Written by Aircraft Commerce Issue no. 123 published May 2019
Technological developments generally diminish the economic appeal of older aircraft. Low cost of funds has enhanced the case for new aircraft. Are low financing costs sustainable beyond the short-term, and do new generation types have a big enough advantage over legacy aircraft? Depending on the point of view, there have been four or five generations of narrowbody and widebody jetliner aircraft. Original equipment manufacturers (OEMs) have focused on reducing aircraft fuel burn and the maintenance burden for each generation to provide airline operators with a reduction in total operating costs, and cost per available seatmile (ASM).
There is generally, however, a trade-off between the lower cash operating costs of new-generation aircraft and their purchase price and related monthly financing charges, which are higher than for older aircraft.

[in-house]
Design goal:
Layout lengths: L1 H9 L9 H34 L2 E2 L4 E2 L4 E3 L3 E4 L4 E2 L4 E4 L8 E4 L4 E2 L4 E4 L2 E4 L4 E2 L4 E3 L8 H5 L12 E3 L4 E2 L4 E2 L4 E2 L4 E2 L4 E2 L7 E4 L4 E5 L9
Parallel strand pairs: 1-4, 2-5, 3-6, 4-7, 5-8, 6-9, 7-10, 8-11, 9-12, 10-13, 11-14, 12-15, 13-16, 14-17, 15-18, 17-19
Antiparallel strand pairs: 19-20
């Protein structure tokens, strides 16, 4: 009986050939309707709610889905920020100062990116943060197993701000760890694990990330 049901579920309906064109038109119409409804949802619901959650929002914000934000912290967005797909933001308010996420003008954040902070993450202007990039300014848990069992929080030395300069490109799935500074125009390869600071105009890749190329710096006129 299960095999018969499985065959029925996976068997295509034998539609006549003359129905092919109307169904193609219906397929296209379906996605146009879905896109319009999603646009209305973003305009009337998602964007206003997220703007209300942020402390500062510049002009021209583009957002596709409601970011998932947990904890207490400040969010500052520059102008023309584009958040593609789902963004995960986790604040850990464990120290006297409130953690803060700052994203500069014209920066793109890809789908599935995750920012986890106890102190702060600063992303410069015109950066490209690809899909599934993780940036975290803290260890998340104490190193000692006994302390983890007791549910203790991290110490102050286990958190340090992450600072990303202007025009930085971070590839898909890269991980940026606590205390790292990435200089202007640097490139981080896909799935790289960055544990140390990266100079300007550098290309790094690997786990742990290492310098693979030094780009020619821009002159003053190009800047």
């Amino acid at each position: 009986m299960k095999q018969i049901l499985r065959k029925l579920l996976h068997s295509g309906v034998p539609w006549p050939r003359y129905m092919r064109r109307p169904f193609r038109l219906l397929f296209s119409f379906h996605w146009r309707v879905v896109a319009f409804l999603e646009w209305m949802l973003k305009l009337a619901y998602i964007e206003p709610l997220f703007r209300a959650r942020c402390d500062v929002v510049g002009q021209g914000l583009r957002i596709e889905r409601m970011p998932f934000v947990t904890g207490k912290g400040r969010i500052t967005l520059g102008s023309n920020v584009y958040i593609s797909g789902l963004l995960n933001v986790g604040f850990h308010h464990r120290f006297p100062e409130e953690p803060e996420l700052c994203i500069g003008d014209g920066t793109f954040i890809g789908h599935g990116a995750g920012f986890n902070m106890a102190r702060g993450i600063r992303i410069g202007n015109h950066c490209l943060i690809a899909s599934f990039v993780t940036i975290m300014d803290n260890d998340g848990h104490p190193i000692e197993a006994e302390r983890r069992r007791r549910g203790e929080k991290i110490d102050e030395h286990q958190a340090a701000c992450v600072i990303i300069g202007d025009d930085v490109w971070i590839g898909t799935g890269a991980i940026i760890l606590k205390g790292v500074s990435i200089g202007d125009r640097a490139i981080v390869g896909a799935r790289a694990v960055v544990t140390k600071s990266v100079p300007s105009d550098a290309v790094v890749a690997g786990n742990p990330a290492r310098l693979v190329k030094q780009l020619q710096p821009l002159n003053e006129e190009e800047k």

Financing accounts for a large portion of total aircraft-related costs, so it influences the decision between new and used aircraft. Aircraft lease rates have been relatively low for an extended period, while the past two generations of aircraft have also provided significant reductions in fuel burn and maintenance burdens. This has made the economic case for acquiring new aircraft more attractive than previously. This raises the issue of how the economic life cycle of aircraft has changed, and how the aircraft replacement cycle might be affected by an increase in interest rates and financing charges.
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Written by Aircraft Commerce Issue no. 123